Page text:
Roofline Closure Profiles: An Update

In recent weeks, a number of retrofit installers have contacted us to ask for clarification on the official guidance regarding the use of verge trims, and details of proposed revisions to the design principles associated with them. In this post, we aim to explain the current situation and the progress that has been made to date.



As many in the industry will know, PAS 2035: 2019 Incorporating Corrigendum No. 1 – issued in 2020 – included in Table B.4 a line stating:

ii. interfaces with roofs at eaves and verges (where metal or plastic cappings and trims shall not be used)’.

This effectively banned the use of traditional verge trims, top trims and all other metal or plastic cappings to protect the top of EWI systems where there is insufficient existing roof overhang at eaves and verges. This change in the PAS had been brought about as a result of a series of failures associated with traditional verge trims (and other eaves and verge profiles). Problems included water penetration and thermal bridging, often as a result of poor installation and / or design.

As a result of this new line in Table B.4, Retrofit Designers were compelled to incorporate roofline extensions into their Retrofit Designs, a process which introduced significant additional cost and complexity. In some cases – e.g. mid-terrace properties – extending a roof in isolation is impossible or, at the very least, greatly impractical. It can create problems with aesthetics, planning consents, rainwater drainage and other issues. These challenges have led some clients to remove such properties from their programmes, leading to delays in the introduction of badly needed retrofit insulation measures.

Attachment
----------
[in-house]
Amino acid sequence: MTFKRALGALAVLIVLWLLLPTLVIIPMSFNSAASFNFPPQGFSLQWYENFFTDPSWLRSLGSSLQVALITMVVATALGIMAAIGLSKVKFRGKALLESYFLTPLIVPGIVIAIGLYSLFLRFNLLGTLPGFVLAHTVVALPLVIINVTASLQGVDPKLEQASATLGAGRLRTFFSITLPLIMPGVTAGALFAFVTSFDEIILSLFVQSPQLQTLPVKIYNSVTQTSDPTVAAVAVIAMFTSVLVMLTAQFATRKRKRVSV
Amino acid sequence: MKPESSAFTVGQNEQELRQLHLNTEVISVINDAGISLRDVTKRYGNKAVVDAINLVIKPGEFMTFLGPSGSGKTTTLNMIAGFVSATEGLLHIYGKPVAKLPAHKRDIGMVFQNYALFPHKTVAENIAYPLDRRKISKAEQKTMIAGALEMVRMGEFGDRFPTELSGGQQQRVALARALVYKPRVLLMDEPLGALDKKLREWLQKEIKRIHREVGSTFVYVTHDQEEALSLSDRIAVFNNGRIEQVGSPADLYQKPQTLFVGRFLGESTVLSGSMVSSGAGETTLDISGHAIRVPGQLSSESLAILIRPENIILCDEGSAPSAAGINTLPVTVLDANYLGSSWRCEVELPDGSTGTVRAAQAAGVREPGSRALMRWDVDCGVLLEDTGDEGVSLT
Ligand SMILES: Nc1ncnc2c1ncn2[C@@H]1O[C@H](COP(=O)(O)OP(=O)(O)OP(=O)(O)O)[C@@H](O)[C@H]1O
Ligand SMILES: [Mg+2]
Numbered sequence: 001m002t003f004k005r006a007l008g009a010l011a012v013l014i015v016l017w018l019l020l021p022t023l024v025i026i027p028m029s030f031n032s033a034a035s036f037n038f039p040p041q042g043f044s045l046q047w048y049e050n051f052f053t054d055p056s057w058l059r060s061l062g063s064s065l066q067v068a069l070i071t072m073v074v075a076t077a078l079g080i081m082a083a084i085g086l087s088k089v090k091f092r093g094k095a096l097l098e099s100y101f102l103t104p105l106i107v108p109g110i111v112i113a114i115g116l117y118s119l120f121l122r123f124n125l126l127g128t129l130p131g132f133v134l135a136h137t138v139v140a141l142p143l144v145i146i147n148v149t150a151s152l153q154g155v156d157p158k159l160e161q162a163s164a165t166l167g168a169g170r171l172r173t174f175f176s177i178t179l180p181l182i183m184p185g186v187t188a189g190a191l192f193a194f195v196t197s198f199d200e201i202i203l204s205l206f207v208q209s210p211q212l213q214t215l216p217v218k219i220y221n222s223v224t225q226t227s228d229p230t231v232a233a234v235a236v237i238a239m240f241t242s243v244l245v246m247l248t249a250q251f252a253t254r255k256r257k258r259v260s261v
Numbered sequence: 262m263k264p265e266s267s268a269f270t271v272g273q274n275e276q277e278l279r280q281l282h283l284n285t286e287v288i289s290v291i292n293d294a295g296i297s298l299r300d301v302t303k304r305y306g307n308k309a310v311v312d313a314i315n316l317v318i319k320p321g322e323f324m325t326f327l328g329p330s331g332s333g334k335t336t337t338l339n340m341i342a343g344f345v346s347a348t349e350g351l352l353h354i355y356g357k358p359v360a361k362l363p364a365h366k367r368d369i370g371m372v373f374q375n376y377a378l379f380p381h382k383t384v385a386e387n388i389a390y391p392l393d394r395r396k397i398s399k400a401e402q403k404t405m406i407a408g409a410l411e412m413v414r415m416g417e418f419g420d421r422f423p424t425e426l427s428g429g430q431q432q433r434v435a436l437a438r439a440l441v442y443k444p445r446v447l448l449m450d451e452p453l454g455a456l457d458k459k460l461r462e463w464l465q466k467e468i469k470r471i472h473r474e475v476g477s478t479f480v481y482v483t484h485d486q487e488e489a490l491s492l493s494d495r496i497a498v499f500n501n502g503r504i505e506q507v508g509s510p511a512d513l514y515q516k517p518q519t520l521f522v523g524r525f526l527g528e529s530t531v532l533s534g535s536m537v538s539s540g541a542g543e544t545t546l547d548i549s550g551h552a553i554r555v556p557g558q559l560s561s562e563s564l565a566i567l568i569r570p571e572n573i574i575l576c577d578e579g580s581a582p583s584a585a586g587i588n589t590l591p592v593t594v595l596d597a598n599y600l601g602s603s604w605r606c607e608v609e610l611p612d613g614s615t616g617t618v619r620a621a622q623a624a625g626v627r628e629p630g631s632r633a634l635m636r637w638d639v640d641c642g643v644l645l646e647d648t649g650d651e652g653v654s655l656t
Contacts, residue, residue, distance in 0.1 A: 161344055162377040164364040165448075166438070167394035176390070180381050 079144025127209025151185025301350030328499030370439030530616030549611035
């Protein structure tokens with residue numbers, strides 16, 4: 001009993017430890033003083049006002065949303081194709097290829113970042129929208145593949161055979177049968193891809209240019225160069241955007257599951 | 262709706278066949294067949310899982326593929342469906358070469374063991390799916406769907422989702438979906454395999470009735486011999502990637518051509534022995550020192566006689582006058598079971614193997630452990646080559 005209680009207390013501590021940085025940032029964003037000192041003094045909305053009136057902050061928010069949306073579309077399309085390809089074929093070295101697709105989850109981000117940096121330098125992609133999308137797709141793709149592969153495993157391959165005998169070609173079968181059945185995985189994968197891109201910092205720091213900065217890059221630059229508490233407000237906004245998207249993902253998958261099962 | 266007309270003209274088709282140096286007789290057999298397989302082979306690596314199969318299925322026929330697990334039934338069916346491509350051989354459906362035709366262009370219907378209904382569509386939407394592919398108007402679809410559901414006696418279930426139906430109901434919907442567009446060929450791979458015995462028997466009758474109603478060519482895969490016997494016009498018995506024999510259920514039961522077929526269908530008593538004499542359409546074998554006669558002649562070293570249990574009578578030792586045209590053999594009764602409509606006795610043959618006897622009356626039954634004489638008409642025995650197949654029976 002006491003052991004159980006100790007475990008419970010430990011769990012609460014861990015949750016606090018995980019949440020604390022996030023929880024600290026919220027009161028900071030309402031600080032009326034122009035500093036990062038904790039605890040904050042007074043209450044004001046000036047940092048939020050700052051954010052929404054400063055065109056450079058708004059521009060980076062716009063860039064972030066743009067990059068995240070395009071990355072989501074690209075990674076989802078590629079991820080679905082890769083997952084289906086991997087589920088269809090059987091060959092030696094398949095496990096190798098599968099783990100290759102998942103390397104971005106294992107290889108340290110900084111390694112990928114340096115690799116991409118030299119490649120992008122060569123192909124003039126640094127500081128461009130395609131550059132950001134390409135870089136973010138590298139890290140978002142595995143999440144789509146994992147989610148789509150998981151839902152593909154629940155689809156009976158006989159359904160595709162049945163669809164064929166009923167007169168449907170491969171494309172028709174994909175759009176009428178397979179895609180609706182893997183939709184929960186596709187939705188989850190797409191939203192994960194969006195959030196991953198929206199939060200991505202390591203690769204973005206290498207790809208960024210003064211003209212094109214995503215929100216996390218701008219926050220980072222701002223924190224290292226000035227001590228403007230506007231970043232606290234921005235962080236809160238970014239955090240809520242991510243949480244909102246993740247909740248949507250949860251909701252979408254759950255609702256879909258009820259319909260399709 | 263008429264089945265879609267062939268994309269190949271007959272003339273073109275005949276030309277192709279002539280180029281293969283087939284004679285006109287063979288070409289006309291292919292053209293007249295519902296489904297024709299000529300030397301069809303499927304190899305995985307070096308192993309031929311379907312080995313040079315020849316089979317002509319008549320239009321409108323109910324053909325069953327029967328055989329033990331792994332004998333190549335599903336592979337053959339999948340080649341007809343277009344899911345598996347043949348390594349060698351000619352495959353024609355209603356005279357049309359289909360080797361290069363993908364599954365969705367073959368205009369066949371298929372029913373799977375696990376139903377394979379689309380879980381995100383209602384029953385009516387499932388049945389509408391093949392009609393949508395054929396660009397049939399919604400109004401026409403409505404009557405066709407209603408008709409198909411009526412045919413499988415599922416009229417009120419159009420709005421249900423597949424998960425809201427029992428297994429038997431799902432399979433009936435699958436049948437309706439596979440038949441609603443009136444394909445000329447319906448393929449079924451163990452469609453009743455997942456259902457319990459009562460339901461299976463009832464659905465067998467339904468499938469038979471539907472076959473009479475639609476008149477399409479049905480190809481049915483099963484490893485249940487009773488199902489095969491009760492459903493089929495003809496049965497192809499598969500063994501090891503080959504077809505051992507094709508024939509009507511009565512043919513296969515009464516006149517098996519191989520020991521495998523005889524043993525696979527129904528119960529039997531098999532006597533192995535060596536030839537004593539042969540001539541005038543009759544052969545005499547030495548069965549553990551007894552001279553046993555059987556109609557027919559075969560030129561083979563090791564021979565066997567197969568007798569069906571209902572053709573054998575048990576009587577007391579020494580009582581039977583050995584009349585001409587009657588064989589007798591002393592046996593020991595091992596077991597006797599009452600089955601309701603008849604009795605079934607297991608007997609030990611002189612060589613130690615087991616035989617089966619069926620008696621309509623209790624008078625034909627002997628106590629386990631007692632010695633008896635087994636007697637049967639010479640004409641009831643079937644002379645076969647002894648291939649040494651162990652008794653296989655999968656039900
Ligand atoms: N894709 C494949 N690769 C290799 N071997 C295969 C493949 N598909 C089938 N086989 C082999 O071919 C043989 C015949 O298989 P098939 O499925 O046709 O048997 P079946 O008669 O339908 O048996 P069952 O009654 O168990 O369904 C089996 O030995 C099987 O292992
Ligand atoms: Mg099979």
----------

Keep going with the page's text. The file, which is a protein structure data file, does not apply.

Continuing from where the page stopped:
Consequently, the solid wall insulation industry has sought to work with government, BSI, The Retrofit Standards Task Group and Trustmark to develop new, robust, practical solutions that will enable a reintroduction of the use of metal profiles and trims at roof level, albeit in a strictly controlled fashion.



PermaRock’s Technical Director, Dr. Jeremy Richings is an active member of the Working Group formed jointly by the National Insulation Association (NIA), the Solid Wall Insulation Guarantee Agency (SWIGA), and the Insulated Render and Cladding Association (INCA). The group has been working closely and openly with RSTG, Trustmark, BSI and government. Describing the sector’s response, he said:

“Historically, the use of metal verge trims has not been inherently problematic. However, there have been several high-profile projects where water ingress into EWI systems has led to dampness inside of houses. This has been found to be associated with poorly designed or improperly installed metal cappings. As a result, the ban on the use of such metal (and plastic) profiles was incorporated into PAS2035.